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Stigma and Discrimination

Should I be worried about catching HV from you?

What not to ask someone living with HIV

NSW HIV Testing Week occurs in the first week of June, presenting the ideal opportunity to advocate for the uptake of regular HIV testing.

Pozhet has developed a series of educational videos aimed at dispelling common misconceptions surrounding HIV, challenging discriminatory attitudes towards HIV within the greater community.

Addressing HIV related stigma and discrimination is a shared responsibility.

Supporting the Campaign - Media Release

Recognised annually during the first week of June, NSW HIV Testing Week is a timely reminder to integrate HIV testing into routine healthcare. Normalising HIV testing supports reducing the stigma and discrimination associated with HIV.

“HIV diagnoses in Australia have nearly halved in the last decade, with only 555 HIV diagnoses reported in 2022. In some areas of inner Sydney, the decline has been even more significant, with new infections falling by 88 percent — however we are still seeing HIV transmission occurring when one partner has HIV but does not know it.” States Dr Rachel Burdon, from RPA Sexual Health Clinic. Early diagnosis of HIV significantly improves outcomes, by treating and enabling long and healthy lives. It also mitigates the likelihood of unknowingly onward transmitting the virus to others.

“We need to remain focused on encouraging people to test by emphasising the importance of diagnosing early and starting treatment immediately which in turn leads to better health for the individual, as well as reduction in HIV infections in community.”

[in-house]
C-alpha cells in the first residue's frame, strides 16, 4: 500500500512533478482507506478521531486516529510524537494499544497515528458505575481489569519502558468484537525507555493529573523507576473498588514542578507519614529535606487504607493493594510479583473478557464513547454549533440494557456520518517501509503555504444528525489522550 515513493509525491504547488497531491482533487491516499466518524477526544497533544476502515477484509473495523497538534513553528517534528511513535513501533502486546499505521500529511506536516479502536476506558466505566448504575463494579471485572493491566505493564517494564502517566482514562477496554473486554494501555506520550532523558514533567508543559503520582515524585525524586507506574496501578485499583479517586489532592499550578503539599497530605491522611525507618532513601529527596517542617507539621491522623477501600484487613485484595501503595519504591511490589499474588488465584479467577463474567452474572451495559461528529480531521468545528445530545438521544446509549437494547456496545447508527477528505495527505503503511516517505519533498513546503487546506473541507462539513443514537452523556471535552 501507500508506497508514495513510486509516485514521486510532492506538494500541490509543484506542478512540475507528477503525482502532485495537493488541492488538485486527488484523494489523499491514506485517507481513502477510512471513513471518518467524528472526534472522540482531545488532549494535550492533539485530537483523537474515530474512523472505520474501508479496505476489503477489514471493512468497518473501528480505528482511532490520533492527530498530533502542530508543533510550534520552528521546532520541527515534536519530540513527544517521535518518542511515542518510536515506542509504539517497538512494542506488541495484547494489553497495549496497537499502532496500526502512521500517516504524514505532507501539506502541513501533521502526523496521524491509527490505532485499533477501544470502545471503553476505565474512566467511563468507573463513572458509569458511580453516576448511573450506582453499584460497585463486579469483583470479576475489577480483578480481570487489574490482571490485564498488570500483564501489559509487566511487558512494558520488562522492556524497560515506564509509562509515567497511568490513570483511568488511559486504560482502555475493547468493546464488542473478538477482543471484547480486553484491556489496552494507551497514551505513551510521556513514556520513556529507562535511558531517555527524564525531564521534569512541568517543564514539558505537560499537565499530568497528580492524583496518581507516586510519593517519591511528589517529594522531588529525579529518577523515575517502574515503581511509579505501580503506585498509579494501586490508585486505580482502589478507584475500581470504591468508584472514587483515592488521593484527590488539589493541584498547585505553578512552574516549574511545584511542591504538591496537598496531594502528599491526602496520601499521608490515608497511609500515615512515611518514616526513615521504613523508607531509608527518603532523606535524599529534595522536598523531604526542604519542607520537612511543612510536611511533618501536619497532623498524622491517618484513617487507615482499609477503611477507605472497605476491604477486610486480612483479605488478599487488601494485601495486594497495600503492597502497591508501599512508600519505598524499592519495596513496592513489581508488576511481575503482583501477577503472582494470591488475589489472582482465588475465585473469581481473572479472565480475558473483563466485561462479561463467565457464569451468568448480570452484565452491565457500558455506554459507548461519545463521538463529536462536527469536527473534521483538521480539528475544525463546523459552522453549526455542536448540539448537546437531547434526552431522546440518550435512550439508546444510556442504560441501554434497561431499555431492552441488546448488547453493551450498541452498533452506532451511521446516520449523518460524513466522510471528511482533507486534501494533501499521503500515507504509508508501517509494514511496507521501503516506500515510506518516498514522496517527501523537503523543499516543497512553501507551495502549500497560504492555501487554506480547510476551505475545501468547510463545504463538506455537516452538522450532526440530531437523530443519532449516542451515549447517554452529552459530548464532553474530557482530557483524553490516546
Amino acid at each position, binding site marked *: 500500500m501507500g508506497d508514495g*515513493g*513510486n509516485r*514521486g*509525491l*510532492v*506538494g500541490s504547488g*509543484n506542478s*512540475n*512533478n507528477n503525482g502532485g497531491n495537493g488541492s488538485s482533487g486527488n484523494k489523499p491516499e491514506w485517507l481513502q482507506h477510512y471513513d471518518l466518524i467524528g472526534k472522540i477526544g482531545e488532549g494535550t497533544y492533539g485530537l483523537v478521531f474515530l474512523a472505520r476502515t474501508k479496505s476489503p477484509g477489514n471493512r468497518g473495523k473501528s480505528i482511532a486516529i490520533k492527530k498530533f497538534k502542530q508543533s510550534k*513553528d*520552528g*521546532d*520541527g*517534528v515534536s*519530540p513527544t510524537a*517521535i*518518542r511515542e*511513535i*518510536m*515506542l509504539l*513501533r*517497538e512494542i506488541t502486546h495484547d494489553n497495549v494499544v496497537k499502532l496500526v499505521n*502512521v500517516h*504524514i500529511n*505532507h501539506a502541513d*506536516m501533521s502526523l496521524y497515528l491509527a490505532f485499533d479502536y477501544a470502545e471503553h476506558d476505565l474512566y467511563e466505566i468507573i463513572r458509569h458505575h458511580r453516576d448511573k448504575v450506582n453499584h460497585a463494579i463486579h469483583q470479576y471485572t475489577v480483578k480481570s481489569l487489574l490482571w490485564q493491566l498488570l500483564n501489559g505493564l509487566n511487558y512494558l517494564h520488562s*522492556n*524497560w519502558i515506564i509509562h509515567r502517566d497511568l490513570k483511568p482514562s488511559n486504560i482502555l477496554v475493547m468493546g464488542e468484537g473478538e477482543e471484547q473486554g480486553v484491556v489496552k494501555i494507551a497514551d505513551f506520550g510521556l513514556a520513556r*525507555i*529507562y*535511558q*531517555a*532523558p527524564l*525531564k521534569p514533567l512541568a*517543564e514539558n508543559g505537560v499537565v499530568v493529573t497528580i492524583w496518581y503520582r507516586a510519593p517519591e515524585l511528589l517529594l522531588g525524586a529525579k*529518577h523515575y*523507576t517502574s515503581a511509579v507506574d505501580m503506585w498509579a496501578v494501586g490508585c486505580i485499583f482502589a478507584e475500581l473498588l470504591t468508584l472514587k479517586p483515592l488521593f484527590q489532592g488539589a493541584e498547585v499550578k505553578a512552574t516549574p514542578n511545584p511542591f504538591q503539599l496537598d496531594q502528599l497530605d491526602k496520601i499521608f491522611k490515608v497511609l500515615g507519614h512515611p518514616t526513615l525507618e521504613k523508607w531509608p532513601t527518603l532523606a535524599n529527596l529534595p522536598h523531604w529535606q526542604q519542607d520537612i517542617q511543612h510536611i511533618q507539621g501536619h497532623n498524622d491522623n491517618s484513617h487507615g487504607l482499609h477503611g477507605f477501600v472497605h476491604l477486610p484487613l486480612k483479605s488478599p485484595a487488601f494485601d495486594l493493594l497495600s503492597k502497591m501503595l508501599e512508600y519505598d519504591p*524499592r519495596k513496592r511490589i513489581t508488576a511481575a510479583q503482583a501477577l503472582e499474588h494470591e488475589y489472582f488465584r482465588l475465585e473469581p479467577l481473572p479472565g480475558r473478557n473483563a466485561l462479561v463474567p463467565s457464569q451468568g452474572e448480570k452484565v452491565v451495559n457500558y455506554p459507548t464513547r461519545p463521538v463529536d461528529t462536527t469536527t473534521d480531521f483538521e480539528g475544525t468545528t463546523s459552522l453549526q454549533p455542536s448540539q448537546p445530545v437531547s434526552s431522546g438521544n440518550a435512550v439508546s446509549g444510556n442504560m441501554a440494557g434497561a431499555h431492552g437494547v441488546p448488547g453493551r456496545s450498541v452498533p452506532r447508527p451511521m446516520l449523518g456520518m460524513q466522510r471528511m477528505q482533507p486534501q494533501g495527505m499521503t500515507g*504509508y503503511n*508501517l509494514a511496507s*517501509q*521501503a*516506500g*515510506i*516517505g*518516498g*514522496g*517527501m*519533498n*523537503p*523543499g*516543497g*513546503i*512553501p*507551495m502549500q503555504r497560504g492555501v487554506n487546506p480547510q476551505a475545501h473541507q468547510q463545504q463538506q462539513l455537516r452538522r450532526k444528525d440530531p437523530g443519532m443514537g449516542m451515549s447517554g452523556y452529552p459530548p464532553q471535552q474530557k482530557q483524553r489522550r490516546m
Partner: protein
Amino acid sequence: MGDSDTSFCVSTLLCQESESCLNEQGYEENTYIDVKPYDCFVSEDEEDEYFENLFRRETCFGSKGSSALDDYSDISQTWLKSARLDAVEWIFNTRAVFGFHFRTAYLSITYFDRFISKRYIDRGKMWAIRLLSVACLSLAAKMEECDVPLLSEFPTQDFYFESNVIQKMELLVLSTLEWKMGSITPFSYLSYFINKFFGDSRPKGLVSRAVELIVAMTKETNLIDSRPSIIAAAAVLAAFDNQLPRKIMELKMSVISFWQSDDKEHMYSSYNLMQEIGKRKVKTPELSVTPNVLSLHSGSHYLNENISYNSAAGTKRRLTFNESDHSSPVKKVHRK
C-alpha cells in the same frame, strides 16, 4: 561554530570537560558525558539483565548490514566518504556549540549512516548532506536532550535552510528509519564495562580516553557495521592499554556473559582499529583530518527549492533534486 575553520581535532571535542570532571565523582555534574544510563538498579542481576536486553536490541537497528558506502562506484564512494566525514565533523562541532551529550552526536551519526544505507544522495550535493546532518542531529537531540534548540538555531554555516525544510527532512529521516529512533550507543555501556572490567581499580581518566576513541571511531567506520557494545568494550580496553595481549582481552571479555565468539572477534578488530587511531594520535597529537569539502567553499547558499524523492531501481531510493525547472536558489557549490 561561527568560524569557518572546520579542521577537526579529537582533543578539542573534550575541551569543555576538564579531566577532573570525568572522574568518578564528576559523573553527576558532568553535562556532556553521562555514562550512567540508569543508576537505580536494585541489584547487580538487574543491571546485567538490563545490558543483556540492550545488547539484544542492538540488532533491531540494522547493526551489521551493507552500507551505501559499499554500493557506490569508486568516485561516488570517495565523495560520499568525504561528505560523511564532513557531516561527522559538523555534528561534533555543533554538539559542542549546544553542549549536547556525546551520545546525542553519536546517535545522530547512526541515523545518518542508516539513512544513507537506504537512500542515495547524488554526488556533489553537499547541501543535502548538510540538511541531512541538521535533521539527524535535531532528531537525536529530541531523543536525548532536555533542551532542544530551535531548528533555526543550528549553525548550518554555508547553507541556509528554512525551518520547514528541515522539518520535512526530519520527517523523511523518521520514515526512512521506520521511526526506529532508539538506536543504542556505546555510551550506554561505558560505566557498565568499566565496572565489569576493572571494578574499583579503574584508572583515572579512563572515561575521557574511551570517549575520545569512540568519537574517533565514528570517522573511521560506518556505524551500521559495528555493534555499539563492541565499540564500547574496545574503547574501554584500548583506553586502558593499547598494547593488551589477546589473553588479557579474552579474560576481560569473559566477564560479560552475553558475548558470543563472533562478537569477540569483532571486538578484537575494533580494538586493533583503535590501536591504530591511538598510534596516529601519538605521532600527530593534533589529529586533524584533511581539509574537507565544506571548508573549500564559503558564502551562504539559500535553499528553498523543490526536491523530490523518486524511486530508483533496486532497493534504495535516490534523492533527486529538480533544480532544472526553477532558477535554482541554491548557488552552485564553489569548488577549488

Dr Burdon’s messaging is clear: “Ending HIV – It’s Possible – Testing is everyone’s responsibility”

Efforts to combat HIV-related stigma are paramount, directly impacting the effectiveness of HIV prevention, testing, and treatment initiatives. Recent findings from the HIV Futures study reveal that over half of participants living with HIV reported experiences of stigma or discrimination within the past year, with 38% feeling discriminated against by healthcare workers due to their HIV status.
Everyone has a role to play in reducing HIV related stigma and discrimination. For more information visit Pozhet – https://pozhet.org.au/

Common misconceptions about HIV

What does undetectable viral load mean?
HIV medication (antiretroviral treatment, or ART) works by reducing the amount of HIV virus in the blood to undetectable levels. This means the levels of HIV are so low that the HIV virus is under a certain minimum level measured by a viral load test. This is called having an undetectable viral load or being undetectable.
It can take up to six months for some people to become undetectable from when they start treatment. The majority of people who take their treatment as prescribed become undetectable. Most people living with HIV have a regular viral load test.
If someone is undetectable can they pass on HIV?
Medical evidence shows us that if you are undetectable you cannot pass on HIV to sexual partners. Studies demonstrate that HIV medication and being undetectable greatly reduces the risk of HIV transmission through sharing injecting equipment. However, we don’t have enough evidence to establish that people with an undetectable HIV viral load cannot transmit HIV through needle sharing.
If someone is undetectable will they still test positive for HIV?
People with an undetectable viral load will still test positive for HIV. However, as long as they take HIV medication they can have another test which indicates how much virus is in their blood and whether they have an undetectable viral load.
If someone with HIV kisses me or licks me will I get HIV?
No HIV cannot be transmitted by saliva whether or not the person is taking HIV treatments.
Most daily activities pose no risk of HIV transmission. Only certain body fluids can spread HIV — blood, semen, vaginal fluid, and to a much less degree breast milk. It can’t be transmitted via saliva, sweat, skin, or urine.

Support Services

Positive Life NSW  https://www.positivelife.org.au/

Bobby Goldsmith Foundation https://www.bgf.org.au/

ACON https://www.acon.org.au/

Multicultural HIV and Hepatitis Service  https://www.mhahs.org.au/